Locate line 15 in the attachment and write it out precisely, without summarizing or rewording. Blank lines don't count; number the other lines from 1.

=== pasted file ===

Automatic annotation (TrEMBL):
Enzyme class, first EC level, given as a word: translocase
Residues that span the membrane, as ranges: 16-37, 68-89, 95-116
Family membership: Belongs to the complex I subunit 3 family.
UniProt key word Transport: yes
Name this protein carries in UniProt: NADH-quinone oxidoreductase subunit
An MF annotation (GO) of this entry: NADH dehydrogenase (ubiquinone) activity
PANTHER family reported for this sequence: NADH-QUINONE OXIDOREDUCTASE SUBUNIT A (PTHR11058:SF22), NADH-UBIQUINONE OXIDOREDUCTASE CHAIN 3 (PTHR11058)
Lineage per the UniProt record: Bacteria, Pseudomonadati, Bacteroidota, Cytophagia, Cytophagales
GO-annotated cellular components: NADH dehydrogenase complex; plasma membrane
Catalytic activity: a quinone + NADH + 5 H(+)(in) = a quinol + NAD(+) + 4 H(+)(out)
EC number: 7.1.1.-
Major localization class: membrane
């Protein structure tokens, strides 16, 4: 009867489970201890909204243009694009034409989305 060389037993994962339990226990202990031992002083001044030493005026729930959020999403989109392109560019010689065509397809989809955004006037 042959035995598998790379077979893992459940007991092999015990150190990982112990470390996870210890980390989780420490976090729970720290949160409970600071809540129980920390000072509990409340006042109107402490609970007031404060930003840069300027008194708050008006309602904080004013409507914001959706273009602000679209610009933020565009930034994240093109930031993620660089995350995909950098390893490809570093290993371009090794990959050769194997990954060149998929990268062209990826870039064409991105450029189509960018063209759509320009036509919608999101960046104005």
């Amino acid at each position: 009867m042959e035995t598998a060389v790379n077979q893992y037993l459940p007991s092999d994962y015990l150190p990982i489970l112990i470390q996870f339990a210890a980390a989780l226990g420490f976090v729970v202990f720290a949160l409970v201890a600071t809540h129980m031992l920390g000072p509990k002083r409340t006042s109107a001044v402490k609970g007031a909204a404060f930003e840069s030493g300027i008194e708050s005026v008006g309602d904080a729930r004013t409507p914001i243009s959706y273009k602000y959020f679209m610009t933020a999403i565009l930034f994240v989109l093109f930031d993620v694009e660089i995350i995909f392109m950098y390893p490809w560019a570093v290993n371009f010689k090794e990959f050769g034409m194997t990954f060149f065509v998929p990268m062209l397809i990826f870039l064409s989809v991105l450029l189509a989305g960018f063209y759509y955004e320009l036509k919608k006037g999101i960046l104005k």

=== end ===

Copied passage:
């Amino acid at each position: 009867m042959e035995t598998a060389v790379n077979q893992y037993l459940p007991s092999d994962y015990l150190p990982i489970l112990i470390q996870f339990a210890a980390a989780l226990g420490f976090v729970v202990f720290a949160l409970v201890a600071t809540h129980m031992l920390g000072p509990k002083r409340t006042s109107a001044v402490k609970g007031a909204a404060f930003e840069s030493g300027i008194e708050s005026v008006g309602d904080a729930r004013t409507p914001i243009s959706y273009k602000y959020f679209m610009t933020a999403i565009l930034f994240v989109l093109f930031d993620v694009e660089i995350i995909f392109m950098y390893p490809w560019a570093v290993n371009f010689k090794e990959f050769g034409m194997t990954f060149f065509v998929p990268m062209l397809i990826f870039l064409s989809v991105l450029l189509a989305g960018f063209y759509y955004e320009l036509k919608k006037g999101i960046l104005k």